By being vaccinated on time, many serious infections can be avoided. The best vaccine plan for your dog or cat may be determined by speaking with our doctors and team.
- Vaccinations for Puppies
- Vaccinations for Adult Dogs
- Vaccinations For Kittens
- Vaccinations For Adult Cats
Mercy Pet Hospital strongly recommends a distemper vaccination. The distemper vaccination, DHLPP actually protects against six very contagious diseases among dogs and it includes:
- D = Distemper. This is an often fatal respiratory and neurological disease.
- H = Hepatitis. This is a serious liver disease.
- L = Leptospirosis. This is a bacterial disease of the liver and kidneys which can be transmitted to people.
- P = Parainfluenza. This is a respiratory infection causing a serious cough.
- P = Parvovirus. This is an often deadly gastrointestinal disease that causes diarrhea, vomiting, depression, and even death in dogs of all ages.
At eight weeks of age, the first immunization should be given. Up to the age of 16, boosters are necessary every three to four weeks. After that, give your dog a yearly revaccination to stave off these dangerous illnesses. Depending on your pet’s age, a mix of vaccines may be administered.
Bordetella vaccines are given to dogs who will be kenneled, groomed, or who will be around other dogs when doing errands, visiting a pet store, playing in a dog park, or traveling to the river or lake. At 8 weeks of age or older, the first vaccination is given. The vaccination is then administered yearly after that. Most kennel cough strains are protected from by this vaccination, but not all of them.
Canine Influenza Vaccine
Canine influenza vaccines are also administered to dogs that will be boarded, groomed, or who will come into contact with other canines. Anorexia, lethargy, sneezing, potential clear to yellow/green discharge from the nose and or eyes, and fever are all symptoms of the canine influenza virus. At 7 weeks of age or older, the first immunization should be administered. For immunization, one booster shot is necessary 2–4 weeks after the first vaccine. The vaccination is then administered yearly after that.
All dogs are required by law to have a rabies vaccination. When a dog is 4 months old or older, the first rabies vaccination can be administered. One year after the initial vaccination, this has to be boostered. After the one-year booster, you must get vaccinated again every three years.
All four of the following vaccinations should be given to adult dogs who have never had them at their first visit. Three weeks later, and then once a year after that, the DHPPL vaccination is routinely boostered.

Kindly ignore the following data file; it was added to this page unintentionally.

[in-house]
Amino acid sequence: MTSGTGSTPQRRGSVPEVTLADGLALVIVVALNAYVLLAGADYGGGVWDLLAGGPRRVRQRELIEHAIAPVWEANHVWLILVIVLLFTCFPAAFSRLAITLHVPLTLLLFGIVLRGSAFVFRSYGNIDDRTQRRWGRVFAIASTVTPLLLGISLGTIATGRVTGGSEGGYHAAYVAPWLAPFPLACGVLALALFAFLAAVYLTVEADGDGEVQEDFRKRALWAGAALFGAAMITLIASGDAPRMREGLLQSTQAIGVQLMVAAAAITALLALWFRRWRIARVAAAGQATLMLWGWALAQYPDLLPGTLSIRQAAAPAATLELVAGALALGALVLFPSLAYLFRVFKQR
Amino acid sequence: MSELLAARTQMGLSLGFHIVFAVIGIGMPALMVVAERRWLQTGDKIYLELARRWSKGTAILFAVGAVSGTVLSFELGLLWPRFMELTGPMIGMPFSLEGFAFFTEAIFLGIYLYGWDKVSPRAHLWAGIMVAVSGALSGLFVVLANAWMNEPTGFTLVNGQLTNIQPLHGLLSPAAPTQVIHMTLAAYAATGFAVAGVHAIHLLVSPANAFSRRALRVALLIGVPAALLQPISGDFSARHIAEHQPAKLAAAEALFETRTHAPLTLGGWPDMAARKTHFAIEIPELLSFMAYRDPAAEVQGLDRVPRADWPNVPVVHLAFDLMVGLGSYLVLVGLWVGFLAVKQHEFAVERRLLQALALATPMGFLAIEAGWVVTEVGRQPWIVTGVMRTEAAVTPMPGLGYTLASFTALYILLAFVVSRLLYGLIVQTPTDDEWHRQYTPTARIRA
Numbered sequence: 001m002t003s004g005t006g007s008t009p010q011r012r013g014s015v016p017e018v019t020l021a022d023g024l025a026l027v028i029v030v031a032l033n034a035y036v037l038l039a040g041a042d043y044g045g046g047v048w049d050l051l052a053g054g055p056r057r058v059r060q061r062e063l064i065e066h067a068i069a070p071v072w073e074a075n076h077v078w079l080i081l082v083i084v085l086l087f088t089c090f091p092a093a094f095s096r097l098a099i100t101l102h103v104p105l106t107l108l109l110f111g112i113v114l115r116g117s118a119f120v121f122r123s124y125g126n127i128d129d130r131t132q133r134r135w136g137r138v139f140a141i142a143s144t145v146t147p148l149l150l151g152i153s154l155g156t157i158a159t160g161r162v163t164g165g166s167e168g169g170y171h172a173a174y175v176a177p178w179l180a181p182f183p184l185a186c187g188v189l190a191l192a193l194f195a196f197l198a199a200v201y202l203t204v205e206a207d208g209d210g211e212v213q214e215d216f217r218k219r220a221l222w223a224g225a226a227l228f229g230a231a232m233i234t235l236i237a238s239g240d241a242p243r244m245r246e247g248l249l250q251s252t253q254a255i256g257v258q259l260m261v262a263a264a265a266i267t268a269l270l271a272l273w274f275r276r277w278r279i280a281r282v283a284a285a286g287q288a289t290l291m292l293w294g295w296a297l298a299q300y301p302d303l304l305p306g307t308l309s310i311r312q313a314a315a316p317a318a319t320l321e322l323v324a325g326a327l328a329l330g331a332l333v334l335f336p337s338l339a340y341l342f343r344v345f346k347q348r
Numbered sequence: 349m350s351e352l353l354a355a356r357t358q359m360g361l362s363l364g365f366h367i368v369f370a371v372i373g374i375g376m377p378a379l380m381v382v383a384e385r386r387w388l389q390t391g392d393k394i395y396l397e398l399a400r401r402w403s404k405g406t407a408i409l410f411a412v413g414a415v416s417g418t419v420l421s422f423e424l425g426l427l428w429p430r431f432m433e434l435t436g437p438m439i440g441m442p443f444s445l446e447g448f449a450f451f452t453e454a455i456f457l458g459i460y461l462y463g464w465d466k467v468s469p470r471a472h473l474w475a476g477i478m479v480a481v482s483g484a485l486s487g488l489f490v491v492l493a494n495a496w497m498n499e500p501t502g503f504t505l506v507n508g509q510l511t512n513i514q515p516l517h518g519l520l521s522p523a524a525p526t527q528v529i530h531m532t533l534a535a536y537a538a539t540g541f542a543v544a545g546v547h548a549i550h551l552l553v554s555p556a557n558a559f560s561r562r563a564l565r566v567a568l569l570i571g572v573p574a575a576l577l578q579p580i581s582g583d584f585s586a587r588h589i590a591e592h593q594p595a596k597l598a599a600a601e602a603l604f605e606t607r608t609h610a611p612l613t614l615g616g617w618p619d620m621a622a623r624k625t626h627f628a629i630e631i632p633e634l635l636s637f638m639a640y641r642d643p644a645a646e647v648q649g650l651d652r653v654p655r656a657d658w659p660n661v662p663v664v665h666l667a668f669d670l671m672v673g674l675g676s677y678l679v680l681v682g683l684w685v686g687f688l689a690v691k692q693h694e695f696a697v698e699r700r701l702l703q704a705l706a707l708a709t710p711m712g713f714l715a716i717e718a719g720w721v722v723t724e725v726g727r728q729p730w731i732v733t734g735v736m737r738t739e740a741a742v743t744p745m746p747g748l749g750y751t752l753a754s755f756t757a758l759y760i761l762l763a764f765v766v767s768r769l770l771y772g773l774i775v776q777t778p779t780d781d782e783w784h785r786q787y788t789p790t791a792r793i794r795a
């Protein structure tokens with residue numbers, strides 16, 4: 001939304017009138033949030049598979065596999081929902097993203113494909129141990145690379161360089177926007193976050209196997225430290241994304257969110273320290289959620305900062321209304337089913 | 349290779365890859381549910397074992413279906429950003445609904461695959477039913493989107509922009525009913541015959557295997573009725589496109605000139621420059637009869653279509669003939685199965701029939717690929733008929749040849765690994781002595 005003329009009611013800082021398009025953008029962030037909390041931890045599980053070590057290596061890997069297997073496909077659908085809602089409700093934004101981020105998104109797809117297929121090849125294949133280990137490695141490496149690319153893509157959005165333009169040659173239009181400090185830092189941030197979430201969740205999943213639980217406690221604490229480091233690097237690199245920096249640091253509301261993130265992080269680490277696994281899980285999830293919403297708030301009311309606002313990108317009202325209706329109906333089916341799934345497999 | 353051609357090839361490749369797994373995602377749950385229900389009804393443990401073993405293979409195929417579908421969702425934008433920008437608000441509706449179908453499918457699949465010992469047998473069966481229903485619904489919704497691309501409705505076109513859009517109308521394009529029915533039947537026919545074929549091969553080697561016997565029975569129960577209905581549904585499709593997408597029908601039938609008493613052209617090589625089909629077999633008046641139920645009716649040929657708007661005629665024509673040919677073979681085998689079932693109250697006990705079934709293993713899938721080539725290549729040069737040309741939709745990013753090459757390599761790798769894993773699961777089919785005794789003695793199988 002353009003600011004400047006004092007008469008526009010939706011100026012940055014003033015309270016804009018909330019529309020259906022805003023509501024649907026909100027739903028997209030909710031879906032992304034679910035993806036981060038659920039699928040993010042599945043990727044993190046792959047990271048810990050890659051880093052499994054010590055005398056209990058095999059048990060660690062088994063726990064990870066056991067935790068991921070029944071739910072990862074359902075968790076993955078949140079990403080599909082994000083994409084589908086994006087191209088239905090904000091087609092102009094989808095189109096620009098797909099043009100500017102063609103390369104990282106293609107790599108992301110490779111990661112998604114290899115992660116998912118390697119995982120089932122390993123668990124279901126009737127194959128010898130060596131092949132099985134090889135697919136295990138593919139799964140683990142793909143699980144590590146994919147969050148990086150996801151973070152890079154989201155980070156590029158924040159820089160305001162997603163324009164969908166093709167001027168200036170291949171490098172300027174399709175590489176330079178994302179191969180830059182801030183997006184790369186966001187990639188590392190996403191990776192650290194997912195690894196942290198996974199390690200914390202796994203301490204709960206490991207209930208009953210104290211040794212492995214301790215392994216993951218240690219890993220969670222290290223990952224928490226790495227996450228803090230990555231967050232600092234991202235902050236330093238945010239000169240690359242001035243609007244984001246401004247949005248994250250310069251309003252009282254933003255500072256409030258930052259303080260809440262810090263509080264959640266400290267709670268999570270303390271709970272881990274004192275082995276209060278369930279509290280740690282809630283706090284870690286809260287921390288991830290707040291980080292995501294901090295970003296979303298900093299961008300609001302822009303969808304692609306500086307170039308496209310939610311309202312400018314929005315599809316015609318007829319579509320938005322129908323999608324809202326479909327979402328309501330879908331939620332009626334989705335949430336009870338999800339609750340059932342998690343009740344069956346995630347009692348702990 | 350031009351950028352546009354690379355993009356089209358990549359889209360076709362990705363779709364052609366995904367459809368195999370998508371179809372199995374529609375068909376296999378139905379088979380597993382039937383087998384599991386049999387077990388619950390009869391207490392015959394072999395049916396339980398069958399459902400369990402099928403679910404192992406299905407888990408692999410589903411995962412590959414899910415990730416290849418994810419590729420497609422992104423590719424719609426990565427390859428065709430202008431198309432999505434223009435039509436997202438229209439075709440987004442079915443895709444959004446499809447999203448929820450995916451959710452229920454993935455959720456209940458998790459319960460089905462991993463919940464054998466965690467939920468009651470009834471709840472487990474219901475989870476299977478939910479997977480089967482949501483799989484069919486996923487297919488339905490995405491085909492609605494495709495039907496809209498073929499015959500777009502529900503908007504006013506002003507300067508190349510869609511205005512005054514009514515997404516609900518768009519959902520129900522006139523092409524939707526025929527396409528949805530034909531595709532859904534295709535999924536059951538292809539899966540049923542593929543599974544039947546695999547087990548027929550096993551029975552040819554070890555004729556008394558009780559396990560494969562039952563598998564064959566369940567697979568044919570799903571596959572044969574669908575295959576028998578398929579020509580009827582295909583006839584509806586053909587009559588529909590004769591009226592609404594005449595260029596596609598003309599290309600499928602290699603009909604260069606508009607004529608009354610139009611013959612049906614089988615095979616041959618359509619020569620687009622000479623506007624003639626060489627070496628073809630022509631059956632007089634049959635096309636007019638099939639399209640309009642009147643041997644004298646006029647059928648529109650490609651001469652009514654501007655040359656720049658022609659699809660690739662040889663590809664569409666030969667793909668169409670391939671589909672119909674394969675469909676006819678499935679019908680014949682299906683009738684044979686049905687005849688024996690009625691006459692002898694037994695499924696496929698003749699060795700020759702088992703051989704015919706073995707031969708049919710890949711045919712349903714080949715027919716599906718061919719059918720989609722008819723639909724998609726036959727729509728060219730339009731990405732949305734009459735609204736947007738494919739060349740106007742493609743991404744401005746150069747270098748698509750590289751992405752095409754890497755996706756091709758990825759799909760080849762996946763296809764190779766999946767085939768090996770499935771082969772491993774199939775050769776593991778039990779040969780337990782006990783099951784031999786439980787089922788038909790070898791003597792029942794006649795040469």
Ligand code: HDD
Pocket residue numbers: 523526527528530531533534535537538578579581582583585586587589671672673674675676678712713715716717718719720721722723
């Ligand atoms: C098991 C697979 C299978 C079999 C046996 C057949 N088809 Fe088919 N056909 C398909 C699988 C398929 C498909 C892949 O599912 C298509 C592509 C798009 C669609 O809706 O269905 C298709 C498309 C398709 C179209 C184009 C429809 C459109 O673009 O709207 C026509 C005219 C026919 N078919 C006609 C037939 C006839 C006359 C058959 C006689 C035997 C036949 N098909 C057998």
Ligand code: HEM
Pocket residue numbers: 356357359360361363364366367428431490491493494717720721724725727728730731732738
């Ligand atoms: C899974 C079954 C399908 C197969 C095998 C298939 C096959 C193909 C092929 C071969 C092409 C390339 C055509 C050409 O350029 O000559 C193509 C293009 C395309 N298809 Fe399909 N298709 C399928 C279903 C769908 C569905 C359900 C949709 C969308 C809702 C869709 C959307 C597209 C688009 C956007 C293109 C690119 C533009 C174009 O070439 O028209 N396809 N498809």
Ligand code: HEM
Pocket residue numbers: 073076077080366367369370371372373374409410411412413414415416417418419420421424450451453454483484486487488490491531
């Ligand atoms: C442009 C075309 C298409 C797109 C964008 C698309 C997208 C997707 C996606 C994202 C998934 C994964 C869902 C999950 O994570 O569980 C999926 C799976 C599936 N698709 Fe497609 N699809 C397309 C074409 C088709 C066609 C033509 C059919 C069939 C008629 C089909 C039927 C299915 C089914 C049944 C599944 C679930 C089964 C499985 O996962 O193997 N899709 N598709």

Additional Vaccinations for Dogs
We advise administering the initial dosage of the vaccine to your dog, followed by a booster dose about a month later. Then, we advise boosting each succeeding year. Typically, a single dosage of booster would be administered at the beginning of the rattlesnake season in your region. However, there are some situations when, in conjunction with your veterinarian, you may prefer to give your dog this booster two or even three times a year, such as when your dog is expected to be exposed to rattlesnakes or when your dog is a large breed.
Lyme disease is the most often reported illness brought on by ticks in the United States, thus this immunization is meant to protect against it. A parasite that resembles bacteria is what causes the illness. It is mostly spread by a tiny deer tick. To complete its life cycle, the tick needs several hosts that are animals. The female tick drops off and lays eggs, and adult ticks prefer to feed on deer. The eggs develop into larvae, which eat diseased rats or small animals as food. These diseased tick larvae molt into nymphs, which are active mostly in the late spring, summer, and early fall. They are roughly the size of a pinhead. At 8 weeks of age or older, the first vaccination is administered. There are 2 immunizations in this series, followed by an annual booster.
Vaccination for herpesvirus-1, calicivirus, and panleukopenia (Distemper) (HCP) given 3-4 weeks apart through twelve weeks of age. The first set may be given as early as 6-8 weeks of age. Typically kittens get 2-3 of these vaccines during their kitten hood and it is required for surgery and for boarding. This vaccine needs to be boostered annually.
Feline Leukemia (FeLV)
The FeLV vaccination is given 3-4 weeks apart, beginning as early as nine weeks of age. This vaccine is highly recommended because it is a commonly diagnosed and fatal disease in cats. It is boostered annually.
The Rabies vaccine is given after 4 months of age, many times on the last kitten visit. This vaccine is required by law in California: it is good for one year and subsequent vaccinations are good for one year.
Adult cats who have never been vaccinated should receive all three of the vaccines listed above at their initial visit. The HCP and Leukemia vaccines are typically boostered three weeks later, then on an annual basis.
Although uncommon, vaccine responses in dogs and cats are possible. Lethargy, vomiting, diarrhea, face edema, discomfort or swelling at the injection site, or anaphylaxis are a few possible symptoms.
After vaccines, it’s typical for pets to be sluggish for a day or two, but this doesn’t need to be treated.
After receiving a vaccine, if your pet falls, or experiences hard breathing, pale gums, or facial swelling, call us right away.
Future vaccinations may be administered individually if your pet had a response to a previous vaccination, or your pet may be pre-medicated. The immunizations may be completely avoided in cases of severe responses.